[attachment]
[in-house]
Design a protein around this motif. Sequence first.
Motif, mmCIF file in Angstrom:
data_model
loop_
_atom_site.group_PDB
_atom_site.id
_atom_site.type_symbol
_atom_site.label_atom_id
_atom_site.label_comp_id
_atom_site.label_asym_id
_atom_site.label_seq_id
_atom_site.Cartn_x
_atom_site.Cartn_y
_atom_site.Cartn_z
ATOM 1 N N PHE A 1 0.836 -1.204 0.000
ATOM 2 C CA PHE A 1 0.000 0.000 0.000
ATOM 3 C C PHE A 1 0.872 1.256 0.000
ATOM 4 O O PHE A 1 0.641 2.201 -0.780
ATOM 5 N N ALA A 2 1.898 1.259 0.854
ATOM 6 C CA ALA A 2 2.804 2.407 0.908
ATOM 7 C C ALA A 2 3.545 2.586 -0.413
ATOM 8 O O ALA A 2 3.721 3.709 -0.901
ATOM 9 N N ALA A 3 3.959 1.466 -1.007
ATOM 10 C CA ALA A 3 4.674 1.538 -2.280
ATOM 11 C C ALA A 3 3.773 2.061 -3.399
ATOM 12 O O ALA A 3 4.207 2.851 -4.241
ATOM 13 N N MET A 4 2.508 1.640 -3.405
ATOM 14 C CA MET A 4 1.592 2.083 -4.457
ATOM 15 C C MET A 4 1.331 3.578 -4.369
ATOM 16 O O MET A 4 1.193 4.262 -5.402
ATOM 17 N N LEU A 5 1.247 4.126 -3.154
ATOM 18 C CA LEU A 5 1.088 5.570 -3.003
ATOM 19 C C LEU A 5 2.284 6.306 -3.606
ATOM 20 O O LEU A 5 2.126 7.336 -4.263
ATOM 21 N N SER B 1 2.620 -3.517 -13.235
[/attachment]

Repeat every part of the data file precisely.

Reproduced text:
[in-house]
Design a protein around this motif. Sequence first.
Motif, mmCIF file in Angstrom:
data_model
loop_
_atom_site.group_PDB
_atom_site.id
_atom_site.type_symbol
_atom_site.label_atom_id
_atom_site.label_comp_id
_atom_site.label_asym_id
_atom_site.label_seq_id
_atom_site.Cartn_x
_atom_site.Cartn_y
_atom_site.Cartn_z
ATOM 1 N N PHE A 1 0.836 -1.204 0.000
ATOM 2 C CA PHE A 1 0.000 0.000 0.000
ATOM 3 C C PHE A 1 0.872 1.256 0.000
ATOM 4 O O PHE A 1 0.641 2.201 -0.780
ATOM 5 N N ALA A 2 1.898 1.259 0.854
ATOM 6 C CA ALA A 2 2.804 2.407 0.908
ATOM 7 C C ALA A 2 3.545 2.586 -0.413
ATOM 8 O O ALA A 2 3.721 3.709 -0.901
ATOM 9 N N ALA A 3 3.959 1.466 -1.007
ATOM 10 C CA ALA A 3 4.674 1.538 -2.280
ATOM 11 C C ALA A 3 3.773 2.061 -3.399
ATOM 12 O O ALA A 3 4.207 2.851 -4.241
ATOM 13 N N MET A 4 2.508 1.640 -3.405
ATOM 14 C CA MET A 4 1.592 2.083 -4.457
ATOM 15 C C MET A 4 1.331 3.578 -4.369
ATOM 16 O O MET A 4 1.193 4.262 -5.402
ATOM 17 N N LEU A 5 1.247 4.126 -3.154
ATOM 18 C CA LEU A 5 1.088 5.570 -3.003
ATOM 19 C C LEU A 5 2.284 6.306 -3.606
ATOM 20 O O LEU A 5 2.126 7.336 -4.263
ATOM 21 N N SER B 1 2.620 -3.517 -13.235